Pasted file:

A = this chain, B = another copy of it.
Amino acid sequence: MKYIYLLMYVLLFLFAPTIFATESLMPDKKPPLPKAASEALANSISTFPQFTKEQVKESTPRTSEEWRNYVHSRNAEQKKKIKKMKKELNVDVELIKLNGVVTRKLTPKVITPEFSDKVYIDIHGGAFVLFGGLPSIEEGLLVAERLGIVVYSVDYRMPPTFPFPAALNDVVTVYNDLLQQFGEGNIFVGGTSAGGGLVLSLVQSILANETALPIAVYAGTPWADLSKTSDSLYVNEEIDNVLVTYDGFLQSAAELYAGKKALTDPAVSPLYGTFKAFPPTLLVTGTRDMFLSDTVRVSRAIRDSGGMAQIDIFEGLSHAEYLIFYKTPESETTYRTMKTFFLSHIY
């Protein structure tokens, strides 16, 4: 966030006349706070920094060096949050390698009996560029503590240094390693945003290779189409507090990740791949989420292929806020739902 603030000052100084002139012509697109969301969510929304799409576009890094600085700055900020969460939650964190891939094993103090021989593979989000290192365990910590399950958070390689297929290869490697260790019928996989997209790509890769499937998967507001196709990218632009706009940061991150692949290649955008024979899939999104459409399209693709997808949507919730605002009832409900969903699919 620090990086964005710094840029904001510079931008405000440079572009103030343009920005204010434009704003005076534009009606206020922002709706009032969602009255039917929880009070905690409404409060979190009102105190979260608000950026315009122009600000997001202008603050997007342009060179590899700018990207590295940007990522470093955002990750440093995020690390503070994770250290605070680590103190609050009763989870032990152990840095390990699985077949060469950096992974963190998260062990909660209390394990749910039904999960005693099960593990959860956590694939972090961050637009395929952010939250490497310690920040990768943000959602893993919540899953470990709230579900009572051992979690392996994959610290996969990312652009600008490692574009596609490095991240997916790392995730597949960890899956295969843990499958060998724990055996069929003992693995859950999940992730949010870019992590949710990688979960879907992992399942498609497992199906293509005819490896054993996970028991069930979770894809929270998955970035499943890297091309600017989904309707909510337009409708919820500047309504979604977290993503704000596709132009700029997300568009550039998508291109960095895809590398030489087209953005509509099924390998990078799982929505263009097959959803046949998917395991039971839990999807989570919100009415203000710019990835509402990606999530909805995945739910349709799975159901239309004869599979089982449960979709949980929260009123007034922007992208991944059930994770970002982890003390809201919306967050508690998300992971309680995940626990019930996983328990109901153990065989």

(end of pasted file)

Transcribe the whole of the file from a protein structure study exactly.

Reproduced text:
A = this chain, B = another copy of it.
Amino acid sequence: MKYIYLLMYVLLFLFAPTIFATESLMPDKKPPLPKAASEALANSISTFPQFTKEQVKESTPRTSEEWRNYVHSRNAEQKKKIKKMKKELNVDVELIKLNGVVTRKLTPKVITPEFSDKVYIDIHGGAFVLFGGLPSIEEGLLVAERLGIVVYSVDYRMPPTFPFPAALNDVVTVYNDLLQQFGEGNIFVGGTSAGGGLVLSLVQSILANETALPIAVYAGTPWADLSKTSDSLYVNEEIDNVLVTYDGFLQSAAELYAGKKALTDPAVSPLYGTFKAFPPTLLVTGTRDMFLSDTVRVSRAIRDSGGMAQIDIFEGLSHAEYLIFYKTPESETTYRTMKTFFLSHIY
């Protein structure tokens, strides 16, 4: 966030006349706070920094060096949050390698009996560029503590240094390693945003290779189409507090990740791949989420292929806020739902 603030000052100084002139012509697109969301969510929304799409576009890094600085700055900020969460939650964190891939094993103090021989593979989000290192365990910590399950958070390689297929290869490697260790019928996989997209790509890769499937998967507001196709990218632009706009940061991150692949290649955008024979899939999104459409399209693709997808949507919730605002009832409900969903699919 620090990086964005710094840029904001510079931008405000440079572009103030343009920005204010434009704003005076534009009606206020922002709706009032969602009255039917929880009070905690409404409060979190009102105190979260608000950026315009122009600000997001202008603050997007342009060179590899700018990207590295940007990522470093955002990750440093995020690390503070994770250290605070680590103190609050009763989870032990152990840095390990699985077949060469950096992974963190998260062990909660209390394990749910039904999960005693099960593990959860956590694939972090961050637009395929952010939250490497310690920040990768943000959602893993919540899953470990709230579900009572051992979690392996994959610290996969990312652009600008490692574009596609490095991240997916790392995730597949960890899956295969843990499958060998724990055996069929003992693995859950999940992730949010870019992590949710990688979960879907992992399942498609497992199906293509005819490896054993996970028991069930979770894809929270998955970035499943890297091309600017989904309707909510337009409708919820500047309504979604977290993503704000596709132009700029997300568009550039998508291109960095895809590398030489087209953005509509099924390998990078799982929505263009097959959803046949998917395991039971839990999807989570919100009415203000710019990835509402990606999530909805995945739910349709799975159901239309004869599979089982449960979709949980929260009123007034922007992208991944059930994770970002982890003390809201919306967050508690998300992971309680995940626990019930996983328990109901153990065989």